1Federal University of Bahia, Brazil
2Universidade Salvador (UNIFACS), Brazil
3Gastroenterology and Hepatology Service, Hospital São Rafael, Brazil
*Corresponding author: Lourianne Nascimento Cavalcante, MD, Hospital Universitário Prof. Edgard Santos, Rua Agusto Viana Filho SN, Canela Salvador, Bahia-Brazil, Tel: (+55)-071-3281-6432; Fax: (+55) 071-3281-6855, Email: email@example.com
Submission: January 23, 2018; Published: February 07, 2018
Volume1 Issue2 February 2018
Introduction: Autoimmune hepatitis (AIH) etiology remains unknown, but in genetically predisposed individuals, diverse agents may trigger the disease. Herbal and drug induced AIH have been reported in recent years probable due to the increase in self-medication. More studies are necessary to define if drugs and herbal/dietary supplements unmask and induce AIH or drug-induced hepatitis with autoimmune features.
Purpose: We report an autoimmune hepatitis case possibly induced by herbal/dietary supplements intake.
Case-report: A 55-year-old female presented with a 15-day course of jaundice and increased aminotransferases. Immunologic panel showed antinuclear antibody titer of 1:320 and serum immunoglobulin G (IgG) level approximately 2 times the upper limit of normal. She reported regular daily ingestion of Herbalife® products for 6 months which were discontinued when symptoms began. Laboratory tests worsened despite the fact that patient had stopped supplements usage, and a liver biopsy was performed. Histology was suggestive of both AIH and drug induced liver disease. The patient fulfilled criteria for probable AIH based on the revised criteria for diagnosing autoimmune hepatitis, and improved with prednisolone and azathioprine therapy, with progressive laboratory improvement and symptoms remission.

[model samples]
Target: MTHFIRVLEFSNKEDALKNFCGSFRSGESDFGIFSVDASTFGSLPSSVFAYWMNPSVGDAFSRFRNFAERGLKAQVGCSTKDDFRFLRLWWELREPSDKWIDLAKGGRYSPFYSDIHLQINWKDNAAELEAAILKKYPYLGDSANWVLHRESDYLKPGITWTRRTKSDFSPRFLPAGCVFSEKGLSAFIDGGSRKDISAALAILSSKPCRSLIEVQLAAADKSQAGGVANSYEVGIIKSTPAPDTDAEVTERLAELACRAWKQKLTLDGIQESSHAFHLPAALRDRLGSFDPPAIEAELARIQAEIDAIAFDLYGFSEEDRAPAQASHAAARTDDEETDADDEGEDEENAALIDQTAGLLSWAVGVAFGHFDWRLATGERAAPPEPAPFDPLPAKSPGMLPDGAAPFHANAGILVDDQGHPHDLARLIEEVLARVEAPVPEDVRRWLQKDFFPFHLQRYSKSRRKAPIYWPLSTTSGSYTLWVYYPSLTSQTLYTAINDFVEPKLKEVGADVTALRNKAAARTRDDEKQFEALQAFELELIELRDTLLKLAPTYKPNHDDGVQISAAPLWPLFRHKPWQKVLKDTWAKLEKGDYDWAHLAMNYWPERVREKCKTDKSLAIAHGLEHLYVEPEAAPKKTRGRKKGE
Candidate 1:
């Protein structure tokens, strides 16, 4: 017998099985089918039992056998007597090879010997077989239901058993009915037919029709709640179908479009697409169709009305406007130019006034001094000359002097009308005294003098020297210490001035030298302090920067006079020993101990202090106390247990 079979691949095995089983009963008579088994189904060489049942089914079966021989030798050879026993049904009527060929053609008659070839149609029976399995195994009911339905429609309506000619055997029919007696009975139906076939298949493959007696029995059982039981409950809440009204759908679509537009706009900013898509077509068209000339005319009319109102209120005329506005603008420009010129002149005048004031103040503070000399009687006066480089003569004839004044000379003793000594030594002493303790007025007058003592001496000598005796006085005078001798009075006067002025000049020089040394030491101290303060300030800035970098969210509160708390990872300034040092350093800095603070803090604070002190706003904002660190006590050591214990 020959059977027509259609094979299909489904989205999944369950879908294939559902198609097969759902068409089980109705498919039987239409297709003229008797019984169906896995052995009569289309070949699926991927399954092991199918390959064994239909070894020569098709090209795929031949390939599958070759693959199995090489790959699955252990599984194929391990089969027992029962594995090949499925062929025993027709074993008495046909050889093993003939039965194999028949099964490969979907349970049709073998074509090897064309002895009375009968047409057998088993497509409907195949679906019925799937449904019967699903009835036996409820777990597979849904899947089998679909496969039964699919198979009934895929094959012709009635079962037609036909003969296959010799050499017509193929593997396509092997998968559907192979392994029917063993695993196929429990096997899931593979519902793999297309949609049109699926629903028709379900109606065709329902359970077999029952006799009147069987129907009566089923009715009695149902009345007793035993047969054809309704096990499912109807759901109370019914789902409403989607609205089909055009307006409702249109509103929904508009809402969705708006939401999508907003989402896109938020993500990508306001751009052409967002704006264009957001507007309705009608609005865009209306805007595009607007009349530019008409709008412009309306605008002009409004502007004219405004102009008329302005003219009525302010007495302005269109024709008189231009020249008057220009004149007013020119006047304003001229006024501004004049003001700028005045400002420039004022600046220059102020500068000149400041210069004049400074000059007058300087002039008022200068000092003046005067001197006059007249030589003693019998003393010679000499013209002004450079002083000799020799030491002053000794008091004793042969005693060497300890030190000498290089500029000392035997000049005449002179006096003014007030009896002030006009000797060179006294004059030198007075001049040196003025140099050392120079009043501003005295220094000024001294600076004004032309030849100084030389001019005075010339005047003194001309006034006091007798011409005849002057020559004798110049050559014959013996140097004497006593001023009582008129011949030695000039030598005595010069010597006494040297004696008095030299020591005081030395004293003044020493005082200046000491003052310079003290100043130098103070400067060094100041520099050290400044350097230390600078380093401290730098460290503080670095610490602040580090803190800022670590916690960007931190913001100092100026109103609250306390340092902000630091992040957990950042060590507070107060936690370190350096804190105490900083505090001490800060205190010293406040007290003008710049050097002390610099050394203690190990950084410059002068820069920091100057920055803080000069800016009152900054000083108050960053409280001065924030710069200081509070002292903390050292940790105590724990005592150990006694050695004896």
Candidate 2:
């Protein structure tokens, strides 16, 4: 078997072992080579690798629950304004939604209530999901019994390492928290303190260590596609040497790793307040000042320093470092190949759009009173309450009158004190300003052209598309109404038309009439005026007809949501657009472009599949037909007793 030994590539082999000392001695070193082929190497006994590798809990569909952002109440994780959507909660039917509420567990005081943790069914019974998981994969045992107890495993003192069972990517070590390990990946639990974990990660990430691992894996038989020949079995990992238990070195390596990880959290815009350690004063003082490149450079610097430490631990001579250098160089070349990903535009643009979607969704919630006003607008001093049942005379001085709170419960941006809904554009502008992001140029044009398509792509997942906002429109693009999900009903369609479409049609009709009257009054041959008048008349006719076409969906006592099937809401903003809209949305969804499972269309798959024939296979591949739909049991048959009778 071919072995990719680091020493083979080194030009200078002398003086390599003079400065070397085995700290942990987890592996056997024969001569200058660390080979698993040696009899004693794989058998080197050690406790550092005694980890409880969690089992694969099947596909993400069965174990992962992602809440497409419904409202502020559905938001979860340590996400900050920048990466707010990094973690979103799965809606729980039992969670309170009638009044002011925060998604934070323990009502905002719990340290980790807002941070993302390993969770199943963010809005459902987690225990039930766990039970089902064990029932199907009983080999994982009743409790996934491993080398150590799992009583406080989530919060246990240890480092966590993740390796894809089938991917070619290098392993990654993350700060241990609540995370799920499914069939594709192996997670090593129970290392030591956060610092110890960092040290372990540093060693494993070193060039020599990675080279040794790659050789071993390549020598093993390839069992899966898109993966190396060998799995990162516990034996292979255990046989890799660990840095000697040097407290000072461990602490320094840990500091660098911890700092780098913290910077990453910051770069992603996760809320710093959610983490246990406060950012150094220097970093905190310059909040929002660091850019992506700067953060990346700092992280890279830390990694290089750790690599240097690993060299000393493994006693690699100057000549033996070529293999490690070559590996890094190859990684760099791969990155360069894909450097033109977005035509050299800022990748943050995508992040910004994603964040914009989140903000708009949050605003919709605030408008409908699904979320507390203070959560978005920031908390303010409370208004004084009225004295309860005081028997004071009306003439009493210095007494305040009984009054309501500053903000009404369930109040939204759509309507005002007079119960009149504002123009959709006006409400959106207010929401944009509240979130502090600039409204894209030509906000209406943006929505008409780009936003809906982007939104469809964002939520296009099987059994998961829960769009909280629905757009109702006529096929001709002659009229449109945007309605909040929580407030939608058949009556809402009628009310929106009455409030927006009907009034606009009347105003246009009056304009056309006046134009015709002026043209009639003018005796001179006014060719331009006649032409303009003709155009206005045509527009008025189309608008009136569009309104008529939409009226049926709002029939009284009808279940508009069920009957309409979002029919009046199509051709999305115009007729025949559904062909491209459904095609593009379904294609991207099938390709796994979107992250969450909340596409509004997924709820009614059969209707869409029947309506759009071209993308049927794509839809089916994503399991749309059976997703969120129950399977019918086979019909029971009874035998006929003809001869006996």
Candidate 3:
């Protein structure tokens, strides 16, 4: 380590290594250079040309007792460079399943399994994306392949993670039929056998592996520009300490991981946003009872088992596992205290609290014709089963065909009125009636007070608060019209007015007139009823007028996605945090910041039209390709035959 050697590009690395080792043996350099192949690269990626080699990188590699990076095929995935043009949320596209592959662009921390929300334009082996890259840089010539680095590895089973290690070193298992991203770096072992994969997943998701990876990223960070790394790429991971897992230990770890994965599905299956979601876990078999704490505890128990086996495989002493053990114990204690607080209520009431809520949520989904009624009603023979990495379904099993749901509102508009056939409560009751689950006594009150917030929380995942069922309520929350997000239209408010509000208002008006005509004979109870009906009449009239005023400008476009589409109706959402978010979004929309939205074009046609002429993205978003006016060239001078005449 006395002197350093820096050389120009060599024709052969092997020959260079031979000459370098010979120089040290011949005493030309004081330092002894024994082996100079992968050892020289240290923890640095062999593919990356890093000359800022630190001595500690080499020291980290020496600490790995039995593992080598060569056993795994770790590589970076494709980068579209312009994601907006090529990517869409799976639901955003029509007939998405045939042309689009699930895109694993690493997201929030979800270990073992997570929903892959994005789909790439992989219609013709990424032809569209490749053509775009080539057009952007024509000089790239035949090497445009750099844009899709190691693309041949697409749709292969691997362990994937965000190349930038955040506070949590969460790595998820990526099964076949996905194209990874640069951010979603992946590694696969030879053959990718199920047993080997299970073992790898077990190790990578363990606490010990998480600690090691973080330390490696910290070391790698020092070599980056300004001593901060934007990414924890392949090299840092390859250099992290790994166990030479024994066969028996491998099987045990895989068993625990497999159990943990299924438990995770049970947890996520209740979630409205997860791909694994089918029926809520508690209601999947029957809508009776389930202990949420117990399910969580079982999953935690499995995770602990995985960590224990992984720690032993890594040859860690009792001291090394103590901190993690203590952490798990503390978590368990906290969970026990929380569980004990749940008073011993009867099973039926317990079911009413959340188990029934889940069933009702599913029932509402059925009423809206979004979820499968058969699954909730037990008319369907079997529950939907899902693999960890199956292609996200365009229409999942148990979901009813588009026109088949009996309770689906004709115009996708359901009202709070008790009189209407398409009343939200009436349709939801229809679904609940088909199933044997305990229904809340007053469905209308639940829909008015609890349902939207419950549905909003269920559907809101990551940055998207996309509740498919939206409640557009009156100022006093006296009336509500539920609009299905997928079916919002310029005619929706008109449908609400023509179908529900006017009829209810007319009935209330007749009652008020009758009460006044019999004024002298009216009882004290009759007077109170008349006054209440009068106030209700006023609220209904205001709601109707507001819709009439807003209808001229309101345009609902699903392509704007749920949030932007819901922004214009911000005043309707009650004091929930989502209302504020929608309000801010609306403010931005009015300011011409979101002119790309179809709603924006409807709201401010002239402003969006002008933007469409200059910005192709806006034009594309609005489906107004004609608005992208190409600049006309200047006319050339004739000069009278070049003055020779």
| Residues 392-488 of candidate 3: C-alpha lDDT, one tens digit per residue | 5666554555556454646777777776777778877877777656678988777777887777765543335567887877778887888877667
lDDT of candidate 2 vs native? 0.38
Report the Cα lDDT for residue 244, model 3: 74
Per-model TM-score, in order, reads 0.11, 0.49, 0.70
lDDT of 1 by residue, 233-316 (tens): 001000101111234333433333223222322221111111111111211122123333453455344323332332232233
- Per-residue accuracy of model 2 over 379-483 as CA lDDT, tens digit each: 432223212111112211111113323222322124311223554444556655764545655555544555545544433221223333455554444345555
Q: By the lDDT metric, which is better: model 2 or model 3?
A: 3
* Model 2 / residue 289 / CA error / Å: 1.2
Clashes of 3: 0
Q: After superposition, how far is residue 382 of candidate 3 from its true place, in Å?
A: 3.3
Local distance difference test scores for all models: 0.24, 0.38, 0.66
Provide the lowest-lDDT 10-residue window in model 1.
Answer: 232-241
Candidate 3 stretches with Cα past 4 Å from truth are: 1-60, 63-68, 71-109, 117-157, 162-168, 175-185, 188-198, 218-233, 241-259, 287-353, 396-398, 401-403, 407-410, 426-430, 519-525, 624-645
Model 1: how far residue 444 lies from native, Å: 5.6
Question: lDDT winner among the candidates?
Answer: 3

Discussion: Herbal/dietary supplements induced AIH has been previously reported, but the causality is not yet well established. Worsening of aminotransferases despite supplement suspension, histological findings and favorable response with corticosteroid treatment, supported the hypothesis of AIH induced by the used supplement. This case report aims to demonstrate the possible causality between herbal/dietary supplements and liver injury, including autoimmune hepatitis.
Keywords: Autoimmune hepatitis; Dietary supplements; Herbal supplements; Liver disease
Abbreviations: HDS: Herbal and Dietary Supplements; HILI: Herbal Induced Liver Disease; DILI: Drug Induced Liver Disease; AIH: Autoimmune Hepatitis; ALT: Aspartate Aminotransferase; Alanine Aminotransferase; GGT: Gamma-Glutamyl Transferase; TB: Total Bilirubin; INR: International Normalized Ratio; EBV: Epstein Barr; CMV: Cytomegalovirus; HIV: Human Immunodeficiency Virus; MRI: Magnetic Resonance; Igg: Serum Immunoglobulin G; NSL: Normal Superior Limit; CIOMS: Council for International Organizations of Medical Sciences